Thursday, 10 December 2009

The Reading Shop – Leicester’s very own independent children’s book shop

‘Independent bookshops can nurture the unknown.’

So you want to buy a book for a nine-year-old boy who loves pirate stories but isn’t too good at reading. How do you decide what to get him? You go into your local independent children’s bookshop and ask their advice. They know the market. They have a shop full of children’s books and can instantly point you towards that perfect gift.

Sadly most UK people don’t have access to such a luxury. There are only twenty independent children’s book shops in the country and I am pleased to say that Leicester has one of them. The Reading Shop is on the main shopping parade that runs through the busy Leicester suburb of Oadby.

I went to meet the owner, Lynn Moore, and her enthusiasm was infectious. She has a passion for children’s books and is dedicated to helping children who have trouble learning to read.

‘When I was a little girl reading books was an object of delight and comfort, an escape into another world,’ Lynn told me. ‘I always had a dream of opening up a children’s bookshop, of being able to help parents choose the right books for their children.’

Lynn trained as an Educational Psychologist and worked for many years in mainstream schools. Together with a friend she developed a literacy programme to help children with reading difficulties, running after-school literacy classes in a small rented room. Things have moved on and up since those days. She now has a dedicated teaching area over the shop with 60 children attending her after-school sessions.

‘The environment is perfect. The children are surrounded by books from the minute they arrive,’ explained Lynn. If enthusiasm really is infectious then these lucky children will be ‘infected’ for life.

Lynn has read all her stock and has learnt from experience not to rely on reviewers.

‘Hotly reviewed books are not necessarily the best sellers,’ she said. ‘Independent bookshops can nurture the unknown. If we notice a gem of a book, we can take it and promote it. No one dictates to us.’

The Reading Shop does more than sell books and run after-school literacy classes. They organise book fairs, storytelling sessions, baby and toddler groups, author signings, both in the shop and in schools, and Lynn is currently working on plans to hold book parties with the host earning a book or two for their help.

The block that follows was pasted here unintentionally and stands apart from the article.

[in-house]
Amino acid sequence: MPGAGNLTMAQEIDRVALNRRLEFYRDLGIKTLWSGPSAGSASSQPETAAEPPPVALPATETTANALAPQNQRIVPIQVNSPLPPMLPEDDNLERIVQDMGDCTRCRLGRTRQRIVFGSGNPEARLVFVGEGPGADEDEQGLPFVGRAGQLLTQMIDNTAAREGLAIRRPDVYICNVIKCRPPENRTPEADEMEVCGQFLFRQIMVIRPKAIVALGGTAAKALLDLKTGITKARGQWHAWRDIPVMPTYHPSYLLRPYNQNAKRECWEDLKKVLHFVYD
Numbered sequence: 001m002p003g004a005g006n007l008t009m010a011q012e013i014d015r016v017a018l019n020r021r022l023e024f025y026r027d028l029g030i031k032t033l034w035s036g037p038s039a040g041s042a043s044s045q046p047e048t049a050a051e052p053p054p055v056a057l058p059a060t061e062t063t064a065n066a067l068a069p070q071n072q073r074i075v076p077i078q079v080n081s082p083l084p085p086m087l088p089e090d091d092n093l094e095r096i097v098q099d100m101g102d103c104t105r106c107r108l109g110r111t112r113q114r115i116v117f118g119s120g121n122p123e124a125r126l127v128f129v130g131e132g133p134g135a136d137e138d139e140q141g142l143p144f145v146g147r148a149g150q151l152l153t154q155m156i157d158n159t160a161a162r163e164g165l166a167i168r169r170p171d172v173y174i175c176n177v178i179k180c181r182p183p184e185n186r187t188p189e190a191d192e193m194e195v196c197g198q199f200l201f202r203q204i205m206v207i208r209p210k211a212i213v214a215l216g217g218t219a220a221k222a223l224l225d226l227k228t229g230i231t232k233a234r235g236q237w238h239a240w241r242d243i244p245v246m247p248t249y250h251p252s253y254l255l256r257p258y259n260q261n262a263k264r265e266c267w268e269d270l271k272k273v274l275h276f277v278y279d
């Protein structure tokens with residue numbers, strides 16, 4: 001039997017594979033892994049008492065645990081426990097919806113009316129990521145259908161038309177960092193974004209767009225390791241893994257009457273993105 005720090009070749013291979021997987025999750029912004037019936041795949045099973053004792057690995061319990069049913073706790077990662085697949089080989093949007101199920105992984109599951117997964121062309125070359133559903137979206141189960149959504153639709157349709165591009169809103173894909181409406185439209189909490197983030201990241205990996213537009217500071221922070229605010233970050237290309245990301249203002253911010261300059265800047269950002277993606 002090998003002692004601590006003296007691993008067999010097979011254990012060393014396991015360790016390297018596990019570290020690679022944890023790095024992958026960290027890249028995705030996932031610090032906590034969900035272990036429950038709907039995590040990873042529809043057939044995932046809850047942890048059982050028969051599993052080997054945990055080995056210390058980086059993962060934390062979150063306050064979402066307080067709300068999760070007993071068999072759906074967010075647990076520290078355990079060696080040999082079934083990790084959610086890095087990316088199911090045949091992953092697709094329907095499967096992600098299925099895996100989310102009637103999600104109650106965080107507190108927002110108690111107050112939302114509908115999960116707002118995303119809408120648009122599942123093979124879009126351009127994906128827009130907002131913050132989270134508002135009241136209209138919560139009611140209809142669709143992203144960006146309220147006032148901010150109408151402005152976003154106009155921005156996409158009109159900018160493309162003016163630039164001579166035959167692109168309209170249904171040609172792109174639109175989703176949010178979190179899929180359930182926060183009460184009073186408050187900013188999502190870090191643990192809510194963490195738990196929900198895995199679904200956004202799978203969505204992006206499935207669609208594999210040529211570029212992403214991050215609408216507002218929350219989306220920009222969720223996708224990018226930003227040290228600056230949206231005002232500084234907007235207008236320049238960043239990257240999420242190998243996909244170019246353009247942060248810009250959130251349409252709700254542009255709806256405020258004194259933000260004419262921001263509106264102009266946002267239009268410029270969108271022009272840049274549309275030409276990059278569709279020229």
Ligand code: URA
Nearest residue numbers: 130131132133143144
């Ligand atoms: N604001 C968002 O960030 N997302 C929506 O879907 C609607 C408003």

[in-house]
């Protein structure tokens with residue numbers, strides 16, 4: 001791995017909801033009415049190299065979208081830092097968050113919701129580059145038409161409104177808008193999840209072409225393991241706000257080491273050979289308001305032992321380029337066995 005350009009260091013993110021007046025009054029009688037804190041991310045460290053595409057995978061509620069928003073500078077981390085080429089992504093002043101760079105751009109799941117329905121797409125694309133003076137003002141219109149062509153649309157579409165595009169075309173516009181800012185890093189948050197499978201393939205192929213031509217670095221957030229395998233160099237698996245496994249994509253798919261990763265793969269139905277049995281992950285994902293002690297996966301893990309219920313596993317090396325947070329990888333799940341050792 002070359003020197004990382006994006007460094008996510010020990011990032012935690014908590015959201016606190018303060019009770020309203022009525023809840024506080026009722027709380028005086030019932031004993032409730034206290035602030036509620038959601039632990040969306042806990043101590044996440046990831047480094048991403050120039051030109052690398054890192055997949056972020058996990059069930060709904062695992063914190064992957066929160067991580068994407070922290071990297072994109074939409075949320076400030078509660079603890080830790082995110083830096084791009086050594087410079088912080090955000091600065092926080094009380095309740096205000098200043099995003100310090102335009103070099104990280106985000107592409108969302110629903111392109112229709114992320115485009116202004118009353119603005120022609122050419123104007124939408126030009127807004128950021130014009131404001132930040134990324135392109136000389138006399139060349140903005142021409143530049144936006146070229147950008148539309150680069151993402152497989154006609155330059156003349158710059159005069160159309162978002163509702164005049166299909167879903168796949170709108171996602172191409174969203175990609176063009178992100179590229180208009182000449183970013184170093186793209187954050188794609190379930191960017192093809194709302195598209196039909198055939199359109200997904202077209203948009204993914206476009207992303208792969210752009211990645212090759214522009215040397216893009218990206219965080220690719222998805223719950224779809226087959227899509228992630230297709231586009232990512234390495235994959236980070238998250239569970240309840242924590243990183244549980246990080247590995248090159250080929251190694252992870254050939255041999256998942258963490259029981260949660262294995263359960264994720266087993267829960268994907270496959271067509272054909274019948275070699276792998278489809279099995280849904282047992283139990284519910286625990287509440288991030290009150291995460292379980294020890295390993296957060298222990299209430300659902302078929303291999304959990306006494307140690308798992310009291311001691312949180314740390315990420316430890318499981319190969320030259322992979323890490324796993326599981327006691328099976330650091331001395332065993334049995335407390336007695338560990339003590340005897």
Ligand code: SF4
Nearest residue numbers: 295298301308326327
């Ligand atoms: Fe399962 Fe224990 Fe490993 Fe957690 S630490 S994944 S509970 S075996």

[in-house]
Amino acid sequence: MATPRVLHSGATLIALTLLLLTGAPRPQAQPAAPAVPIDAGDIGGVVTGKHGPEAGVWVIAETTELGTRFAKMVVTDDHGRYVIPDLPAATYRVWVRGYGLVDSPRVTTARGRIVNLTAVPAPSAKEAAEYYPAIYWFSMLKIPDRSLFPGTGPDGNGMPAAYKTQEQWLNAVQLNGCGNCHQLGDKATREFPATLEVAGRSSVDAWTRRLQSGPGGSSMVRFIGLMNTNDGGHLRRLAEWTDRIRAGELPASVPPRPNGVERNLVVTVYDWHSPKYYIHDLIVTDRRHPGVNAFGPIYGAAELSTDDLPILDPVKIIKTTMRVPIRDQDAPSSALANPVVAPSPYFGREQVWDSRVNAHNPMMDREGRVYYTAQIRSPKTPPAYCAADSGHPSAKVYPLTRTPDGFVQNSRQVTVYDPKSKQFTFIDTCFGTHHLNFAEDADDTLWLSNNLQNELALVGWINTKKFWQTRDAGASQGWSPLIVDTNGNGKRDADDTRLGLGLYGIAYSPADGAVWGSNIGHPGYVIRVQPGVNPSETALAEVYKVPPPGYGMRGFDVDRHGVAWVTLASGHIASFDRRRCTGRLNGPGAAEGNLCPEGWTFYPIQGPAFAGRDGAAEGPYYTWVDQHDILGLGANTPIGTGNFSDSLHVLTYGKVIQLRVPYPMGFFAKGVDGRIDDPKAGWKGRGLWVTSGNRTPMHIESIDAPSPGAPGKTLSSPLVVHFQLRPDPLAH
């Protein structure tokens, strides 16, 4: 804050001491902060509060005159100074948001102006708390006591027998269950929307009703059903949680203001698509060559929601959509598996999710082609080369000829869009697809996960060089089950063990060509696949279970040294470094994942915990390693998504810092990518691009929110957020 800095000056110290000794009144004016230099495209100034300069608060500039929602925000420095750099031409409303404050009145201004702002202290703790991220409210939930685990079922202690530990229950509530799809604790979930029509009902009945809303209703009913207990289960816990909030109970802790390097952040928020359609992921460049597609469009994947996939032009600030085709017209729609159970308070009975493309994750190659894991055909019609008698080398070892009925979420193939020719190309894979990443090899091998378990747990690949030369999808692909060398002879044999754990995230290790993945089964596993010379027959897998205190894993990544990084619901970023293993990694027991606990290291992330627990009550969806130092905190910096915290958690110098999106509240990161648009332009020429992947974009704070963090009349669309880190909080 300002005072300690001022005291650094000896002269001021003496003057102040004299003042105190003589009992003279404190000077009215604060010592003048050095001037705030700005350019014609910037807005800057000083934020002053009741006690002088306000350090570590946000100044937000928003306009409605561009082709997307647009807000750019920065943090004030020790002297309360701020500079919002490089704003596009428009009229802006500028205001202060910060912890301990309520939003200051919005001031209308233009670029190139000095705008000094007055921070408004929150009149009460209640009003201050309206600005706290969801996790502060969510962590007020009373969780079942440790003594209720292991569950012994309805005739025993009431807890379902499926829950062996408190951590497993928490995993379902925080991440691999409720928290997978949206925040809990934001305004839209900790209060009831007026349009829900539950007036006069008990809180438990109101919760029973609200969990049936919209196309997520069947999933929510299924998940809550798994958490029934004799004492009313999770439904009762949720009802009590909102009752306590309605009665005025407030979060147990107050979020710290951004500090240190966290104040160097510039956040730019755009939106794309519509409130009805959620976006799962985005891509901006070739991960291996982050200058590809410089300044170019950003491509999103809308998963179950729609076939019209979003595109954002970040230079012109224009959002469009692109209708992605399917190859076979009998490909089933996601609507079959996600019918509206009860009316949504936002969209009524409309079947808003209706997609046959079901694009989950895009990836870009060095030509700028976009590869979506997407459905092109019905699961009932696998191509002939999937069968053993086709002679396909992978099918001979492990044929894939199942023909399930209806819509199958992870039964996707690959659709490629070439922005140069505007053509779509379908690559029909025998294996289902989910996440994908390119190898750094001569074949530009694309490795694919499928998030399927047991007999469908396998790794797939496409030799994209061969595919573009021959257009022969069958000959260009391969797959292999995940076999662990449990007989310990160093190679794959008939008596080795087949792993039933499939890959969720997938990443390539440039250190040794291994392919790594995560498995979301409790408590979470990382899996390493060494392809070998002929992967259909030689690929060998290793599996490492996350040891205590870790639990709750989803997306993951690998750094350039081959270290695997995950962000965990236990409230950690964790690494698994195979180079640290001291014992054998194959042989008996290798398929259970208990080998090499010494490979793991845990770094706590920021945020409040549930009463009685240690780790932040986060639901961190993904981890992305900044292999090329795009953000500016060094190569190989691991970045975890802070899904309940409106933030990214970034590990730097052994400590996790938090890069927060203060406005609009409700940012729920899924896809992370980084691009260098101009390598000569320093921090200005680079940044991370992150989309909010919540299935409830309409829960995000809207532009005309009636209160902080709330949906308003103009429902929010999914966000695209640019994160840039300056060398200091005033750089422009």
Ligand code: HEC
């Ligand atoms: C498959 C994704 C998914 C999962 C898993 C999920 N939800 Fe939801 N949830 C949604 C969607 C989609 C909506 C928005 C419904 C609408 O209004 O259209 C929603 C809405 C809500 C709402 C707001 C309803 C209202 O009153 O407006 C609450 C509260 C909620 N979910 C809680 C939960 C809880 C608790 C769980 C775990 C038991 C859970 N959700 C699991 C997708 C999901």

We used to have a number of independent book shops in Leicester. Now we only have The Reading Shop. It’s a thriving business at the moment so let’s make sure we keep it that way. Let’s keep on visiting. Let’s keep on taking advantage of her wealth of book knowledge. Let’s keep the independent bookshops alive.

Lynn Moore’s top 5 children’s books (in reader-age order rather than order of preference):

Babies: Peepo! by Janet Ahlberg
Toddlers: The Elephant and the Bad Baby by Elfrida Vipont and Raymond Briggs
4-6 years: Library Lion by Michelle Knudsen and Kevin Hawkes
Young readers: Tom’s Midnight Garden by Philippa Pearce
Older readers: anything by Anthony Horowitz


  1. Thanks so much for joining the Christmas Blog Challenge in support of indie bookshops. You are the first blog post and what a wonderful way to off!

  2. How interesting...sounds like a great shop

  3. I didn't know it existed in all the time of In The Picture too. I shall certainly make sure I get there from Harborough.

  4. Sounds like a wonderful place. Long may it last. I loved reading as a child and still love it today. As you say it takes you to a different world. One of the pleasures in life for me is opening a new book and starting on that first page. Love Karan X

  5. How lovely to read these comments. I do hope everyone who took the trouble to write will come and visit us. It was super talking to Rosalind - she was such a good interviewer - and we were thrilled that we sold the first copy of her book today.

    Lynn Moore
    The Reading Shop

  6. Reading your blog I suddenly remembered a bookshop in North London when I was a child. It wasn't all children's book but a kiddy height I suppose it felt like it was. I'll make apoint of looking in next time I'm in Leicester.


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